On a wintry day in Jerusalem in late 1959, Shmuel Ash spots an enigmatic job posting on a university campus board:
Offered to a single humanities student with conversational skills and an interest in history, free accommodation and a modest monthly sum in return for spending five hours per evening with a seventy-year-old invalid, an educated, widely cultured man. He is able to take care of himself and seeks company, not assistance.
Ash, whose parents, we are told, “had lost their entire life savings in an instant, whose own research had stalled, who had dropped out of university, and whose girlfriend had suddenly married her former boyfriend,” decides to accept the position.
Ash moves to a house that is inhabited by two people, Atalia Abravanel, forty-five, and Gershom Wald, her seventy-year-old invalid father-in-law. They are haunted by the memories of two others who have a presence in the house: Shealtiel Abravanel, Atalia’s dead father, and Micha, Atalia’s late husband and Wald’s son. As we learn later, Micha was killed in the 1948 war and his corpse savagely desecrated.
The 1948 war between Jews and Arabs in Palestine is called the War of Independence by Jews and Al Naqba, or the Catastrophe, by Palestinian Arabs. What is striking in Judas, Amos Oz’s captivating new novel, is that the Jewish Abravanels, both father and daughter, view the 1948 war as an unmitigated catastrophe. This is so in their own lives through the loss of Micha, and for Jews nationally by heaping misery on Jews and Arabs alike.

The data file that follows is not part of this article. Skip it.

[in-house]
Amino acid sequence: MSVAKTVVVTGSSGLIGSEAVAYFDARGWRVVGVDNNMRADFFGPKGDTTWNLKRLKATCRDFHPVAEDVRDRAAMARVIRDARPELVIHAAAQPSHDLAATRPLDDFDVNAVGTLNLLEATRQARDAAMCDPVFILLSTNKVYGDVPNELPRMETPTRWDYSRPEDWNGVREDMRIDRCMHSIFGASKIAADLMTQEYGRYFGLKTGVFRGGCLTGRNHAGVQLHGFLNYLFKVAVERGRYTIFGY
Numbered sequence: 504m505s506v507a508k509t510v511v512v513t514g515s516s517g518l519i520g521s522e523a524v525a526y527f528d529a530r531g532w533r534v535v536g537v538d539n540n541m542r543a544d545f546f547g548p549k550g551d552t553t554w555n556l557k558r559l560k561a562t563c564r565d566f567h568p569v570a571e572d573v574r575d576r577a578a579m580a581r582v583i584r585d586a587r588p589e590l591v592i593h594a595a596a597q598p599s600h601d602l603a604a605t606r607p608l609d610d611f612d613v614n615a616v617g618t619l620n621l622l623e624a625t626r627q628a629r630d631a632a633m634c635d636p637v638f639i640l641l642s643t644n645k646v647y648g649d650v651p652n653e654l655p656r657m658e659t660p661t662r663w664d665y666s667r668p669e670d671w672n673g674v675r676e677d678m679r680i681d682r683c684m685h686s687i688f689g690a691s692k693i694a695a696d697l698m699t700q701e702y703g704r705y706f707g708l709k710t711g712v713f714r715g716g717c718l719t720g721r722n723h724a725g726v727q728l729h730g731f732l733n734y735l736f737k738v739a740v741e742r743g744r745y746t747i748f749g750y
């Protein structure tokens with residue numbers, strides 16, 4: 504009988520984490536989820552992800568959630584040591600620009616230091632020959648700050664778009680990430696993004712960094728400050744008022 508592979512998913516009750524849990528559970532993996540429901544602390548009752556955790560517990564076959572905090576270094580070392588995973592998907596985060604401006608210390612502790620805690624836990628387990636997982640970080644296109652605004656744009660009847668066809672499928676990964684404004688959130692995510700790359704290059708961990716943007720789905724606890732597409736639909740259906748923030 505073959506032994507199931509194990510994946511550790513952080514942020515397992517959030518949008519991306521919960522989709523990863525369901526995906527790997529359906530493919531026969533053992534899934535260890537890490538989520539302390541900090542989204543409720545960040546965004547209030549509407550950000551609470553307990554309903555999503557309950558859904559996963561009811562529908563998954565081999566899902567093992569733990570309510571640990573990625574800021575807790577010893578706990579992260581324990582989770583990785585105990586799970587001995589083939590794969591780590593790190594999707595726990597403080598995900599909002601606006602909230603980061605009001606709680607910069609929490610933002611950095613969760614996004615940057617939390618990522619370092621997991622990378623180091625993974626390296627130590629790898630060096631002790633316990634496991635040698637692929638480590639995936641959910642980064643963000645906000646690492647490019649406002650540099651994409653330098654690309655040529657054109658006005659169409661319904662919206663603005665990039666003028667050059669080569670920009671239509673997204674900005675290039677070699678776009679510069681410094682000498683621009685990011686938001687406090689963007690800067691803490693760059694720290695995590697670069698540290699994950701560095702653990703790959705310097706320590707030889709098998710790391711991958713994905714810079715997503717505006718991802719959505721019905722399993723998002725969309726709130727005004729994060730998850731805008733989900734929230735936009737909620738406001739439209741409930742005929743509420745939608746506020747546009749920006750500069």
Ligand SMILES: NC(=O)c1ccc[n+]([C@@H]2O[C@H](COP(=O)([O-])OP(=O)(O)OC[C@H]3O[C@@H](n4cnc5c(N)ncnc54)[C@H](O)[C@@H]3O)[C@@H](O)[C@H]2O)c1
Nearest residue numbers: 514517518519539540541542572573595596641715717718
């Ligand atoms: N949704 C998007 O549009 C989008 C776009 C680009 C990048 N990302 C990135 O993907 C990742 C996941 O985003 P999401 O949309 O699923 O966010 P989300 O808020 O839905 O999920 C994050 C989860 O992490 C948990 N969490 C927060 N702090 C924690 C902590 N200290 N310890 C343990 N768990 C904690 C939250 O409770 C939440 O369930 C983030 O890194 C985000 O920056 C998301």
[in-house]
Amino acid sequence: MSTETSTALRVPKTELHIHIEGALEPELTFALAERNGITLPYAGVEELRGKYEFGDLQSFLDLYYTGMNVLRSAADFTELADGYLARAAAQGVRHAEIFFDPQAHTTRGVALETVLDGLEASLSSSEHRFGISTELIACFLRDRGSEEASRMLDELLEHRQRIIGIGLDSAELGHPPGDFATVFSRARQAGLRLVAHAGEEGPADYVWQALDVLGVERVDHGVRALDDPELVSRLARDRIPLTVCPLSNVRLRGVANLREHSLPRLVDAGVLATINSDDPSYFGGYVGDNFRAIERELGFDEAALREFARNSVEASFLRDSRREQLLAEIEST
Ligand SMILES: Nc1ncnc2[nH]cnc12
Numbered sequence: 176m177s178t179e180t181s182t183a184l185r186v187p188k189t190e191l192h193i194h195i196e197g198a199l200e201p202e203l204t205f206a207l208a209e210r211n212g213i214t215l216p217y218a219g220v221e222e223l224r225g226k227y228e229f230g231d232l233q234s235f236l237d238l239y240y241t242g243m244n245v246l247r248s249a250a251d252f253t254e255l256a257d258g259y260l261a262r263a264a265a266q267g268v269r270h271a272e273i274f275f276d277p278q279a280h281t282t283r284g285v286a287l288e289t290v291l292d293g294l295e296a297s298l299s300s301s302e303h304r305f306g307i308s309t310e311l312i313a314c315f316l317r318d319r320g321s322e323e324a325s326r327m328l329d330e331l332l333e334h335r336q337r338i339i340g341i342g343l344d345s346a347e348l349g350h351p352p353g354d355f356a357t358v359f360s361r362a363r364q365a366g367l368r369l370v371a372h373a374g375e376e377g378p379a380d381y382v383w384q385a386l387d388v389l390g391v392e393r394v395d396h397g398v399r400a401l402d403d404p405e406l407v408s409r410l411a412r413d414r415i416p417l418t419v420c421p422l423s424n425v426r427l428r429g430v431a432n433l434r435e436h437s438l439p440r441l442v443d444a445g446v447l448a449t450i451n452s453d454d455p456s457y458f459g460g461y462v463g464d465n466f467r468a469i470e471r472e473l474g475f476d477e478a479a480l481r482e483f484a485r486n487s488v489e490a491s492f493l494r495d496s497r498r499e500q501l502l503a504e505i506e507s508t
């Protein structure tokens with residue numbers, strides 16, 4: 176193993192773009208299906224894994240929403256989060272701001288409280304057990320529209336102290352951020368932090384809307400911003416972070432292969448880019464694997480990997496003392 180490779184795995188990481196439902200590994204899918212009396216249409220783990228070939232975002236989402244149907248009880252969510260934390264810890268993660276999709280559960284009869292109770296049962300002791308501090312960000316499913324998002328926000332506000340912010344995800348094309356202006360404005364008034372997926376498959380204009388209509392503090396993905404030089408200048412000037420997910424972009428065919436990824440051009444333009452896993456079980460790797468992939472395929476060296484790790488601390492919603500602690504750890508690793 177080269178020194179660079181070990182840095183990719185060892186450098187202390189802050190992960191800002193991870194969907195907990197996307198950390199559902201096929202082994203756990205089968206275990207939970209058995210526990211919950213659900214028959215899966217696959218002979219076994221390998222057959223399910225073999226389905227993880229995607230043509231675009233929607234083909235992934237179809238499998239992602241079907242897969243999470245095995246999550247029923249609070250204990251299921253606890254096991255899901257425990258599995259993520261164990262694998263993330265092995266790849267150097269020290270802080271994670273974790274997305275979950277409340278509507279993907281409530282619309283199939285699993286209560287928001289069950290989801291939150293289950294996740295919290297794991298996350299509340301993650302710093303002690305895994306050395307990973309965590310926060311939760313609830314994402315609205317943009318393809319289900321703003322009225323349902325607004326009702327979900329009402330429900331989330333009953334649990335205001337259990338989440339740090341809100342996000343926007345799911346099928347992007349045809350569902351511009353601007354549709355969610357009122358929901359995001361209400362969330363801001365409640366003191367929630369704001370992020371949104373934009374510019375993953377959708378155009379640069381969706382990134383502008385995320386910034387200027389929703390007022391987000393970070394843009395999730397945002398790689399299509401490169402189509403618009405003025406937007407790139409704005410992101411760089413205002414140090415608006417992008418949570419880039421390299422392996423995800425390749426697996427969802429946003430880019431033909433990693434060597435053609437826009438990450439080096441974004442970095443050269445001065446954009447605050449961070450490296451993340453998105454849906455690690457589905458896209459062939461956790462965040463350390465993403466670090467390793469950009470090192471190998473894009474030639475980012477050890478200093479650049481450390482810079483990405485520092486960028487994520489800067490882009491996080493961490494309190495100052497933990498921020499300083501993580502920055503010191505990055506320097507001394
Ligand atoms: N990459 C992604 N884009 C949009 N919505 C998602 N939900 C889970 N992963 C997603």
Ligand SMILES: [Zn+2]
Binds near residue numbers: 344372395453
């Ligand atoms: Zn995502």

Oz’s story zooms in on the trio of the living, which has expanded to include Ash, then zooms out onto a quintet that includes the two living-dead with their tight hold on the living. Much of the book consists of conversations between Ash, Wald, and Atalia about religion, Zionism, and the legacy of the war, as well as increasingly intimate exchanges about their private lives.
Shmuel Ash is twenty-five years old. As Lord Byron once asked: “Is there anything in the future that can possibly console us for not being always twenty-five?” In the case of the stocky and bearded Ash, the answer is Atalia—the lady of the house. Ash, “shy, emotional, socialist, asthmatic,” falls deeply in love with her.
Ash is based on the nineteenth-century Russian literary archetype of the “superfluous man”: well-read, intelligent, idealistic, with copious goodwill, and yet utterly ineffectual. Ash can interpret the world but can barely change his own underwear. Like Goncharov’s Oblomov, he stays in bed until midday, a grown baby who dusts his beard with scented talc powder.
Ash is the novel’s link between the story that takes place in 1959 and the one about Jesus and Judas that took place in the first century. His academic research, which he had recently given up, was dedicated to the way in which Jews viewed Jesus. When he tries to explain his…
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